When I opened the newspaper one day this week, the front of the fluff section immediately had me. The author and the illustrator of The Phantom Tollbooth were coming to town. I needed to go.
There is recent buzz about The Phantom Tollbooth since it is celebrating its 50th year. The book, like many wonderful children’s books, is a quest and adventure story. The main character, Milo travels through a mysteriously appearing tollbooth into strange lands inhabited by strange characters. He emerges from the tollbooth a new boy. Where he was once bored and unconnected, he becomes interested and ready.
I haven’t read the book in many years, and it even occurred to me that this is not one that the kids and I read together. I am planning, however, to get back into it again.
The event was delightful. On the stage of the lovely theater at the Jewish Community Center, the two eighty-plus-year-old gentlemen charmed the packed house. Norton Juster talked about how the book came out of avoiding writing a book about architecture that he had been awarded a grant to create. The adventures of Milo came to him during strolls on the beach. He would write each down and work on it until he was satisfied with it. Into each he would bring in the clever wordplay that his father had instilled in him as a boy. The finished episodes would be handed off to his neighbor and friend, Jules Feiffer who gave birth to the images of Milo, Tock and the land beyond the tollbooth. They bantered like longtime friends will do, and those of us in the audience smiled uncontrollably. We were watching a piece of our childhood come to life again. When the talking was over, the crowd moved out to the lobby. Many of us had new or old books clutched in our hands as we waited for signatures. We were like groupies waiting for the rock star to acknowledge us.
But I titled this post The Phantom Tollbooth and marriage. The marriage part of this story is just as charming as the Misters Juster and Feiffer. When I saw that article in the paper, I sent it on to Dan. I asked if he wanted to spend our Saturday evening thusly. He responded with an enthusiastic, yes. Dan had not read the book as a kid, and he was not incredibly familiar with either man. He did, however, read my enthusiasm and got on board.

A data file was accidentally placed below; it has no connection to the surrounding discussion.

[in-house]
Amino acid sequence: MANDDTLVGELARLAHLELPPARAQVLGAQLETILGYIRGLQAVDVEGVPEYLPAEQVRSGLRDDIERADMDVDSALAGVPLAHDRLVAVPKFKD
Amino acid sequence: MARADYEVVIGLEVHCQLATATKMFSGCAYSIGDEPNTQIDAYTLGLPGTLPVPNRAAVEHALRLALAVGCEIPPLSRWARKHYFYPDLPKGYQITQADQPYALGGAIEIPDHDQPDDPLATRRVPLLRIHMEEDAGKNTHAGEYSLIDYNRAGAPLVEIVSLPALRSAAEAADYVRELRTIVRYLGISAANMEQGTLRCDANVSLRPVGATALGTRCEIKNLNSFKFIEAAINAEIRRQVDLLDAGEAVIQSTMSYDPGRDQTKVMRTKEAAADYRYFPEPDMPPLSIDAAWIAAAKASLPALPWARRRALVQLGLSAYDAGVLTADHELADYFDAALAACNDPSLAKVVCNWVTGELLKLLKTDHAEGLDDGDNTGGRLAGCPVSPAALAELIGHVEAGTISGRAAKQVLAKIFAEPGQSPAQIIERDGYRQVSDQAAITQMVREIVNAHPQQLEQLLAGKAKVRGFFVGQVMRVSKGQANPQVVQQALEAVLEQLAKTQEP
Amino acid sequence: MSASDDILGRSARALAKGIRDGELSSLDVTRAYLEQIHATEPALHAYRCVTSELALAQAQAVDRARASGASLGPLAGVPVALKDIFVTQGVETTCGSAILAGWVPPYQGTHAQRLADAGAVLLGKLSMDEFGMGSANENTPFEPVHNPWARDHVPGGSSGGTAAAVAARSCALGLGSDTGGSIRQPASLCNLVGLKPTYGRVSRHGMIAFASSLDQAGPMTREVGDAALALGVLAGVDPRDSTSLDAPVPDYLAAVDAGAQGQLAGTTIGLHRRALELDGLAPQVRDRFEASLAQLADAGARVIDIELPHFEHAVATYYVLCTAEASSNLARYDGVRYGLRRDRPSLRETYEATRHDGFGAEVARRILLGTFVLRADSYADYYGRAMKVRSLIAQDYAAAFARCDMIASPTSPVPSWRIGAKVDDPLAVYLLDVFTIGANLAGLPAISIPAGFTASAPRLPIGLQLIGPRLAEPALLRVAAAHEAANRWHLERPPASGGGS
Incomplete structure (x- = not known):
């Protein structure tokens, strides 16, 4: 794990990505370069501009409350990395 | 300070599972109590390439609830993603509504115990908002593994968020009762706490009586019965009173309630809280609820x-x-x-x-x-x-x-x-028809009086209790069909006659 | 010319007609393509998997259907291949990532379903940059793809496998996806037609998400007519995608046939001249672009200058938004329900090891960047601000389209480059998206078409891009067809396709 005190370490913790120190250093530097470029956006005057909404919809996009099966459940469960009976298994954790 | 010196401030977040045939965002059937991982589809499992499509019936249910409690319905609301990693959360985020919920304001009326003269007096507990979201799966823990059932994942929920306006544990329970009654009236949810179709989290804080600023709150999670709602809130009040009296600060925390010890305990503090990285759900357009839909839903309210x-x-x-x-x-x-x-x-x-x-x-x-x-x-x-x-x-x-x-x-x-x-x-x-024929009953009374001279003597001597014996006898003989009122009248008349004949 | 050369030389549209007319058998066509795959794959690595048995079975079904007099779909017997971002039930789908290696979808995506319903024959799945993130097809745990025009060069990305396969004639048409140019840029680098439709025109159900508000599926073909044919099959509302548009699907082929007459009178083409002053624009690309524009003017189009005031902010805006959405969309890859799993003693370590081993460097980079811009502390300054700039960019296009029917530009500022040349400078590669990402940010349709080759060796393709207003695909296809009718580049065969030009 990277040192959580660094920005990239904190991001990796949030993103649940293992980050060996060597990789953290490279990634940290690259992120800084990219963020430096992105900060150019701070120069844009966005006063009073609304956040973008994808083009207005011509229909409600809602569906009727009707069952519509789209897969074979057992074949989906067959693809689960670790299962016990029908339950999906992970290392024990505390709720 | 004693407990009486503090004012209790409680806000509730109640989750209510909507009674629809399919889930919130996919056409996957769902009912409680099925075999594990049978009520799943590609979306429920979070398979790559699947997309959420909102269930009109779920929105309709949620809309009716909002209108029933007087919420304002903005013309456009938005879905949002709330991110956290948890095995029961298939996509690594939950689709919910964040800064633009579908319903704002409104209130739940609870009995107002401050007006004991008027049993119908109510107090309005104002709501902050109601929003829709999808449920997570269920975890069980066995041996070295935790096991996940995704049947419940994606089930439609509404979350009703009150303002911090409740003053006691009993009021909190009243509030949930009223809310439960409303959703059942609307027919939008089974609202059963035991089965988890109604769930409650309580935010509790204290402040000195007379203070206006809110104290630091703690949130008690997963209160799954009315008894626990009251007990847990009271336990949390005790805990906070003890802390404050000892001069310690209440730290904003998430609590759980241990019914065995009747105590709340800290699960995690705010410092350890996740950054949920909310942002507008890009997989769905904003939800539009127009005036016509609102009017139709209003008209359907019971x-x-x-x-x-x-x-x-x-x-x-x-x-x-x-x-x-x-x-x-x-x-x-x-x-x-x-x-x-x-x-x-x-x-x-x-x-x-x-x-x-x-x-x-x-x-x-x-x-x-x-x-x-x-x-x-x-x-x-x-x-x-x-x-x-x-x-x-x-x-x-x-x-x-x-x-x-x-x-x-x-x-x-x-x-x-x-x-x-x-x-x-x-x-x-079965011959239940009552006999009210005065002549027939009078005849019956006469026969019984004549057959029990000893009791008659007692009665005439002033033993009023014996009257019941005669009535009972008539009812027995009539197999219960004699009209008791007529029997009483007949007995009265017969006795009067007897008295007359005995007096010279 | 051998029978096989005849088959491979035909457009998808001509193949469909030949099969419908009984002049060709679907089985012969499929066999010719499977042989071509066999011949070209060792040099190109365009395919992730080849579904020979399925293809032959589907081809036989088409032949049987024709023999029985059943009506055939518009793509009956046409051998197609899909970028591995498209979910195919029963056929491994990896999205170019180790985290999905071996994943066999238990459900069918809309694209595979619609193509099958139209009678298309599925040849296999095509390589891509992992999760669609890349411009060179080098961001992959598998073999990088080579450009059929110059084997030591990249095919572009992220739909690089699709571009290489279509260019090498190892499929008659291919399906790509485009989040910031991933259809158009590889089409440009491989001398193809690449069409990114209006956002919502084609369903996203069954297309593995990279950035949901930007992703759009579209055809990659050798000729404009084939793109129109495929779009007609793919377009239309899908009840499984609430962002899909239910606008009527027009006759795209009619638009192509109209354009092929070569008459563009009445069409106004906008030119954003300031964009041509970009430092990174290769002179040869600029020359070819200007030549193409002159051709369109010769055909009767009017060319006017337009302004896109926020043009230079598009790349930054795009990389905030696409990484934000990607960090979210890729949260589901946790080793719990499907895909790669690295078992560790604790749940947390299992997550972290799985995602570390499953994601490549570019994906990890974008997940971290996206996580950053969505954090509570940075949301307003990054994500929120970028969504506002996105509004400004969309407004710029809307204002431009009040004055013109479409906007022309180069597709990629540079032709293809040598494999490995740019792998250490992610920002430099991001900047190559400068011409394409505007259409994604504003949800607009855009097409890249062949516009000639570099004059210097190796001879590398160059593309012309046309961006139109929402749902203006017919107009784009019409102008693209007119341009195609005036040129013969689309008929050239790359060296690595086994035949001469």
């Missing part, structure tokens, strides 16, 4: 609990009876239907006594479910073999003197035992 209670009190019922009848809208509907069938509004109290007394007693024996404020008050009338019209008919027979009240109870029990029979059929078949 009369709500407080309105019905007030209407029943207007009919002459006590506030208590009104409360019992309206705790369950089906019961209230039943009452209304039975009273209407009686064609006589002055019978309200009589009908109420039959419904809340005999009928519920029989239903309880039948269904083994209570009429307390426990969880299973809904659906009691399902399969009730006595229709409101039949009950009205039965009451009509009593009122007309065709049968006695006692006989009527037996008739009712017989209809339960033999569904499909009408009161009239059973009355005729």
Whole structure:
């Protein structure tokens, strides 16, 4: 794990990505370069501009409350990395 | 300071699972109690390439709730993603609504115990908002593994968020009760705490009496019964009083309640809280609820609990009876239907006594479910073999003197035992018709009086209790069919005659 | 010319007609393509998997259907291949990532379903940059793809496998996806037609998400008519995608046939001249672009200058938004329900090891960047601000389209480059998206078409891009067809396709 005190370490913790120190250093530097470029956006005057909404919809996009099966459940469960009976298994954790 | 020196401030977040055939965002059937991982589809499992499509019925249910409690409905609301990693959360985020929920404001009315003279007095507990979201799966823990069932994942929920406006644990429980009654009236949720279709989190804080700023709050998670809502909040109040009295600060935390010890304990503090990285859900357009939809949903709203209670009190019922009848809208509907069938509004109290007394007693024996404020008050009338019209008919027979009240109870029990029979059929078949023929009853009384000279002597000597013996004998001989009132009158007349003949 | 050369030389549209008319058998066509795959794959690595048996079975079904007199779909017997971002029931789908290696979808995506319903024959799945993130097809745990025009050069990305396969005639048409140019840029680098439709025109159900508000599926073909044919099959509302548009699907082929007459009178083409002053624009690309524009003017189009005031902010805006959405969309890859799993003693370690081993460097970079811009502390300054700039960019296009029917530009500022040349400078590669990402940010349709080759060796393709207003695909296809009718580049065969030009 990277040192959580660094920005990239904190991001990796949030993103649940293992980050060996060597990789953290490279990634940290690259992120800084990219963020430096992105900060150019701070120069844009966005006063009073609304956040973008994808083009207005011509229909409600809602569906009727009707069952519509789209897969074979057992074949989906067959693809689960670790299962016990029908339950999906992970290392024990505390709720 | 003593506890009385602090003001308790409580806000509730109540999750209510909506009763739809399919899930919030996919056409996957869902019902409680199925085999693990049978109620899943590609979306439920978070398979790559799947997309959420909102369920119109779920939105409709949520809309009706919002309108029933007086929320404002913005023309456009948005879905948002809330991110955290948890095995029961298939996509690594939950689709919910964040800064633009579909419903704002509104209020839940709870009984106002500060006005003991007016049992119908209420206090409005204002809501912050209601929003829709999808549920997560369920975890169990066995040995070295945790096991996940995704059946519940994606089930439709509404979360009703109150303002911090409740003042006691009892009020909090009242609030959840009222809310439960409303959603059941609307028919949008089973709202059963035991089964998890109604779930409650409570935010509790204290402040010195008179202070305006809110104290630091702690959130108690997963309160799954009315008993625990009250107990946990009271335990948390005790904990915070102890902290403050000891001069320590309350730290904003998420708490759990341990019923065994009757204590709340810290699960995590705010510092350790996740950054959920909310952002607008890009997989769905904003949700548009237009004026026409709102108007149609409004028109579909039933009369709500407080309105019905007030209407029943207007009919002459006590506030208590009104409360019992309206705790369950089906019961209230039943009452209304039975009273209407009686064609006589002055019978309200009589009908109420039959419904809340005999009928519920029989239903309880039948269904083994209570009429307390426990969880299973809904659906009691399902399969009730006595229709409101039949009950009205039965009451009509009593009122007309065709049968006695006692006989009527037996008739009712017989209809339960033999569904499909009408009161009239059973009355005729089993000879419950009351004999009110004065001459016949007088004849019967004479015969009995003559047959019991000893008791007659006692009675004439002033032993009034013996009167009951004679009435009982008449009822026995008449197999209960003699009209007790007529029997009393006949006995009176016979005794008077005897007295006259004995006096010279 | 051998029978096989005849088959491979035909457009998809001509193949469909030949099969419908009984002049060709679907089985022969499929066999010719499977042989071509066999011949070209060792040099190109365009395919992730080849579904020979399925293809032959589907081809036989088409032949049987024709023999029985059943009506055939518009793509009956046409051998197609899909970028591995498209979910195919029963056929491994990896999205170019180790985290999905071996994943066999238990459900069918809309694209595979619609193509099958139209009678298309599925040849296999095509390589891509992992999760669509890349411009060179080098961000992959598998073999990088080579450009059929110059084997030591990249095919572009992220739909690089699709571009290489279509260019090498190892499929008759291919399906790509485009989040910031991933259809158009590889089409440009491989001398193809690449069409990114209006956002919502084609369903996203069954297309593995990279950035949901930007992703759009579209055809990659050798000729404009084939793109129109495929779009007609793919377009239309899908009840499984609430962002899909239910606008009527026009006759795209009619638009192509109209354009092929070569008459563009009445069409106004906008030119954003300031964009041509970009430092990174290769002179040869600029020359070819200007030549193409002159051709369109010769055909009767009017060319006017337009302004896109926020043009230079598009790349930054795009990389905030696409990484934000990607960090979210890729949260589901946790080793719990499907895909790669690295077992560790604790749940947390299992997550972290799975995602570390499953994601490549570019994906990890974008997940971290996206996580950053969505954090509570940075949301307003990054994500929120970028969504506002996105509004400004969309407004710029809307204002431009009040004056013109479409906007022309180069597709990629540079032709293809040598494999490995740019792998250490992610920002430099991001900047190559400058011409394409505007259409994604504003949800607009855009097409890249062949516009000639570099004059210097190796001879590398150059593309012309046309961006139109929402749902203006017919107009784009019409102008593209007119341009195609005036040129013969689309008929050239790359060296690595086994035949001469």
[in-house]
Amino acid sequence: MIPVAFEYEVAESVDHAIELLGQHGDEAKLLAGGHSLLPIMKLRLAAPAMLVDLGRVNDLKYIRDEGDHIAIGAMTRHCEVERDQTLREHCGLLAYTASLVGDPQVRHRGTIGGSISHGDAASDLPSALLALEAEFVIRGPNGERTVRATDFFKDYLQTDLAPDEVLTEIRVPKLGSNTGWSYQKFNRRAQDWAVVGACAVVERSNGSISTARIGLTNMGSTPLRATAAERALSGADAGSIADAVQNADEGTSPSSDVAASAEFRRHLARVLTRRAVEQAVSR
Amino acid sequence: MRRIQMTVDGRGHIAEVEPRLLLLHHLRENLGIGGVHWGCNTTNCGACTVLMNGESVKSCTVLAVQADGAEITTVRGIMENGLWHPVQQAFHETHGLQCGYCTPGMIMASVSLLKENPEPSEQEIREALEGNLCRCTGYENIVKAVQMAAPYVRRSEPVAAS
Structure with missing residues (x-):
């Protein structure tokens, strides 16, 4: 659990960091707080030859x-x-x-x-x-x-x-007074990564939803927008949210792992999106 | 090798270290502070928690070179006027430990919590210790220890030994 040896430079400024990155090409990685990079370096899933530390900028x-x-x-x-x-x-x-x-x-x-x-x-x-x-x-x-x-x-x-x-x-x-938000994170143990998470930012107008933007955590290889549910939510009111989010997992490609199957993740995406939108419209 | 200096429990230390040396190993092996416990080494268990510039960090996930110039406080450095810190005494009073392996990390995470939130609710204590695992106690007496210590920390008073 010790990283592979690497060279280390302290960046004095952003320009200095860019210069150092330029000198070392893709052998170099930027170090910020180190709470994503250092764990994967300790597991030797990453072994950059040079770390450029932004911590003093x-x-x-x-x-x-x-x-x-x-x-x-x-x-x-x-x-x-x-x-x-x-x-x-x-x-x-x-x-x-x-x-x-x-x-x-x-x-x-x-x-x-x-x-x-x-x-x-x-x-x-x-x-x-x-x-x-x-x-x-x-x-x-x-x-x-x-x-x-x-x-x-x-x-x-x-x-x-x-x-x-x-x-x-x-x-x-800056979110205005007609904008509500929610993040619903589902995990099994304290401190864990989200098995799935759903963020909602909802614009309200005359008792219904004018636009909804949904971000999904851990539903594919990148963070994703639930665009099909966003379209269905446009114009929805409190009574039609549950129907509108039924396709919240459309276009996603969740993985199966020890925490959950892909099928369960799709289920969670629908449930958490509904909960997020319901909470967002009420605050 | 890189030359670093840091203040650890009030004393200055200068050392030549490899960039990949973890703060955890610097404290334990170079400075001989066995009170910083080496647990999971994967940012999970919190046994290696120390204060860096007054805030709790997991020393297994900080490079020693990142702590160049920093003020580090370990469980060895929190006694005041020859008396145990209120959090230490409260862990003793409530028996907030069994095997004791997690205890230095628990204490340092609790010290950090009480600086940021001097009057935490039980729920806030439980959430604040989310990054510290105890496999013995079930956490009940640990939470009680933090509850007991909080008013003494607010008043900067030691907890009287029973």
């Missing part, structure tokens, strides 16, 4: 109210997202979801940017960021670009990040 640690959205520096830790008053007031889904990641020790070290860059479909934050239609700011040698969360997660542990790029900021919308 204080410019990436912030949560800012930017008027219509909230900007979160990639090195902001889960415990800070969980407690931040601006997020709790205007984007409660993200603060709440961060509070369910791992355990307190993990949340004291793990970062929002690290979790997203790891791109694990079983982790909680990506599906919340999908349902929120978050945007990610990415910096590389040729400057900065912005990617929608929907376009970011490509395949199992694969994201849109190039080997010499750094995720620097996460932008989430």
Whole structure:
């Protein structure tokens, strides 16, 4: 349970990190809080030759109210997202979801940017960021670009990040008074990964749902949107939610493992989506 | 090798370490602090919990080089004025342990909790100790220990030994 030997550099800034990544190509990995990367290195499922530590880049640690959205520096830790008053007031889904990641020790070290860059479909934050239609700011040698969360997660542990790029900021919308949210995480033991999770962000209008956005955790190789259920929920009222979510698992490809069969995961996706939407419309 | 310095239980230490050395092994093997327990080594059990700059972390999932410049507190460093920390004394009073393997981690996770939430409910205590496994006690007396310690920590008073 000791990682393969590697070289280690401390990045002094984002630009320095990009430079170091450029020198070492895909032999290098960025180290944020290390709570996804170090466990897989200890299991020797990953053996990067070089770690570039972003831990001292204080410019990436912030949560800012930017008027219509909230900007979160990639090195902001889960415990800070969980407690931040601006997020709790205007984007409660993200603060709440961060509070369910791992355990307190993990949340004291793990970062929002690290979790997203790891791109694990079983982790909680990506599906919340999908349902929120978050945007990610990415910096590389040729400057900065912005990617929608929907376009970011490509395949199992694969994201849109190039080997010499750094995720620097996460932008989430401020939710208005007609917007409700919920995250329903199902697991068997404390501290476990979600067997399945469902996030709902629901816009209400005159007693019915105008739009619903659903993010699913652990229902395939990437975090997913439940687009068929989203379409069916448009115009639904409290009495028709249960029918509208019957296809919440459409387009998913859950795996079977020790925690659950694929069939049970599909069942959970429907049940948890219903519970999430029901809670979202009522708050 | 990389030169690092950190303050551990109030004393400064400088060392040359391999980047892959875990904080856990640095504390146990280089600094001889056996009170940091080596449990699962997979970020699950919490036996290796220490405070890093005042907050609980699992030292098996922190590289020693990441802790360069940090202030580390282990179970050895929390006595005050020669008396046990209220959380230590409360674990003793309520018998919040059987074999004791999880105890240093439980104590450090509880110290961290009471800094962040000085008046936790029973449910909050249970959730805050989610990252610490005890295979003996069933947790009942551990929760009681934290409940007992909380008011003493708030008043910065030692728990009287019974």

That night, he waited in line with me prior to the doors being opened. He chatted with a cute couple behind us who brought along their copy of the book that was given to the husband of the couple by an old girlfriend almost 50 years before. We both got to unexpectedly see some old friends. And, after the talk was over, he happily waited in line to get autographs. That is what marriage is all about.
We are not married because we are the same person. We are married because we have our differences and we make room in our own lives for those differences. When Dan wanted to go to a national conference of homebrewers a couple years ago, I did not know what to expect, but I was pretty sure that it would put him in hog heaven. Turns out, I had a great time too. It happens in our hobbies, the food we choose to cook, the restaurants we want to go to, the books we read, the organizations we belong to, the jokes that we like. Some we merely have patience for; others we learn to embrace.
By the time we left the event, it was close to 10. Our plan was to eat after the talk, so we were kind of hungry. We arrived at a local mecca of restaurants and found that each finished serving at 10 – except for one bar. That bar was not what we planned. The restaurants that we had in mind would have been more interesting. The closing of restaurants at 10:00 seemed early for a weekend night. It was cold as we walked from place to place only to find the same story. But, it ended up that we got to sit in a warm place, filled with the happy sounds of people enjoying the success of their basketball team on the tv, drink a good beer, and eat some decent bar food. We laughed at the silly drinking apparatus his beer came in. We talked about the talk. We decided it was nice that the employees of the other restaurants had a reasonable schedule. It was a good way to close a very good night.
Marriage is its own kind of tollbooth. Lucky for me, my traveling companion shares the journey well.